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Few questions about immunology

  1. Oct 14, 2009 #1
    1. Why can't antibodies enter virus infected cells. Why can't virus infected cells make their membrane permeable for antibodies.

    2. Why doesn't the body create antibodies against self. What is the mechanism behind the body knowing which cells are self and non self.

    3.How do memory cells increase the response second time. Do the antigens get bind to memory cells quicker and then the process activates faster.

    4. How are white blood cells produced in lymph?

    Thank you!!
  2. jcsd
  3. Oct 15, 2009 #2
    In response to question #2, a (very) simplistic explanation:

    Self and non-self are both antigen mediated... it's just that there are self antigens and non-self antigens. So I think you could say the body does create antibodies against itself, but a self antigen leads to a "null" response whereas a non-self antigen leads to an immune response.

    I think it may have to do with MHC proteins.

    Hope this helps,

  4. Oct 16, 2009 #3
    Thanks for the response. Yeah I'm thinking of getting into a uni course related to science. Not sure yet. :smile:
    Last edited by a moderator: Oct 17, 2009
  5. Oct 17, 2009 #4


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    These questions are all answered in introductory immunobiology books, the immune system is really complex with many different cell types and responses associated with it. It would take me too much time to go into great detail, but maybe I can give you some answers that will put you in the right direction of thinking.

    Only soluble or small molecules are membrane permeable.

    When immune cells are made in the thymus during embryogenesis they reshuffle their genes that allow them to recognize antigens, these native cells will recognize both self and non-self. A quality-control is then undertaken to deplete all the cells that recognize the self-antigens plus self-MHC. Only cells that recognize only the MHC will survive, these can then bind foreign antigens that are displayed by the MHC on immune cells.

    The memory cells are made after a successful immune response, they have a long life-time and will circulate in the blood until they are challenged again. This response of re-activating the existing memory cells takes less time than when the immune system needs to start an immune response from scratch.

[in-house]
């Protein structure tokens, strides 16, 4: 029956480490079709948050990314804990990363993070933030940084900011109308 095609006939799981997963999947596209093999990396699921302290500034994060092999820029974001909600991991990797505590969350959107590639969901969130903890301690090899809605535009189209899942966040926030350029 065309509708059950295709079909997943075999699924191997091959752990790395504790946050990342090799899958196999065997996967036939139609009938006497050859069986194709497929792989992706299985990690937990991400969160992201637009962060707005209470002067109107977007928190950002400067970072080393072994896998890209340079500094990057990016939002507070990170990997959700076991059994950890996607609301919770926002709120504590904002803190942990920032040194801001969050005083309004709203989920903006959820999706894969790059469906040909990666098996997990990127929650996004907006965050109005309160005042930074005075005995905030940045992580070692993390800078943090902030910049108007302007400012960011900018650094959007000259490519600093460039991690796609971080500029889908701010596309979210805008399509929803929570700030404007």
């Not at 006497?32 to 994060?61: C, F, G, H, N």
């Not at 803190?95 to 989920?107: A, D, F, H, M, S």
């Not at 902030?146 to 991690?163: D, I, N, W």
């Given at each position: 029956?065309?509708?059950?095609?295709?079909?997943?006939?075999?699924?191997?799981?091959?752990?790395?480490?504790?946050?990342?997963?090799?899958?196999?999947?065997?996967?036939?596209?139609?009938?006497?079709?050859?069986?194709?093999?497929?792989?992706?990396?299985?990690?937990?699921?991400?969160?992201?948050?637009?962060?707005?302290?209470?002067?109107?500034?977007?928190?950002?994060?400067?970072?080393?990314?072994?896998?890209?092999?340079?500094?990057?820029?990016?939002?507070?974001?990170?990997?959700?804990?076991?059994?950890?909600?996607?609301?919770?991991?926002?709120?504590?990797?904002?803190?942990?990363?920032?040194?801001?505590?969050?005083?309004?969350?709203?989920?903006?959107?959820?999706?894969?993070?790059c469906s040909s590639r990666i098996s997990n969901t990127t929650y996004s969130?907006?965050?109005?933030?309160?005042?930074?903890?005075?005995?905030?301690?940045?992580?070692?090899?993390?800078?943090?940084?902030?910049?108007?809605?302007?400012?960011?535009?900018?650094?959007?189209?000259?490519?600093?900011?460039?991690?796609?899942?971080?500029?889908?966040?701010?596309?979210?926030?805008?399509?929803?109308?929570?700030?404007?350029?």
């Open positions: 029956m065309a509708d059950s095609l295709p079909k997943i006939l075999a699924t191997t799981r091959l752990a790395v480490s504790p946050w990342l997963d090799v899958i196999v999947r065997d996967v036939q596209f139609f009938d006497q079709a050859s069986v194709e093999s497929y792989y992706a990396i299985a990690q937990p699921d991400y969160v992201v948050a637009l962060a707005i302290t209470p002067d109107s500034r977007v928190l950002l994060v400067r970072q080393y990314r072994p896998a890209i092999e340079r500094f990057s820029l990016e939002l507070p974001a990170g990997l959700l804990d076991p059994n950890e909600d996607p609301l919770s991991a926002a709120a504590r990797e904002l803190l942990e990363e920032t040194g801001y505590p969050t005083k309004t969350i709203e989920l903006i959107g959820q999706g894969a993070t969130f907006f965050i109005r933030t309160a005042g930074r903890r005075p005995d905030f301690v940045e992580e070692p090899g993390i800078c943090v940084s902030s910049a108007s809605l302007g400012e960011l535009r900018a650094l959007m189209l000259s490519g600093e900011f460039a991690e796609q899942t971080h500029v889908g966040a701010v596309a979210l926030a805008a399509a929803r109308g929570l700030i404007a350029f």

White blood cells are produced in the bone marrow, the lymph is where they can mature or accumulate.
  6. Oct 17, 2009 #5
    I highly recommend taking several classes involving human biology. Its really good to know how our body works, and its really interesting.
  7. Nov 15, 2009 #6
    1. Antibodies do not enter cells. Remember that an organism that resides INSIDE the cell, for instance Mycobacterium Tuberculosis or Hepatitis B virus, requires Cell-mediate killing. That is to say, cells would kill, not antibodies.

    2. Self vs non-self is already explained by monique. The body DOES make antibodies against itself in special circumstances which you may not need to know. But just for example, rheumatoid arthritis is a case where body makes antibodies against its own antibodies! Interesting? :)

    3. Just to add to monique's response, everything is ready in anticipation for a second attack. The cells go back to their original place where they first encountered the offense, fully armed with artillery. In case of B cells, the genetic re-arrangement is already there for the specific antibody and there are many clones. Because of those clones, the second response is quick and sustained.

    4. Bone Marrow makes all blood cells. White cells rest in lymph nodes because they have a really good chance of encountering some bacteria. Remember if for instance you have a scratch on your hand and bacterium enters, it is drained by the lymph to the nearest lymph node.
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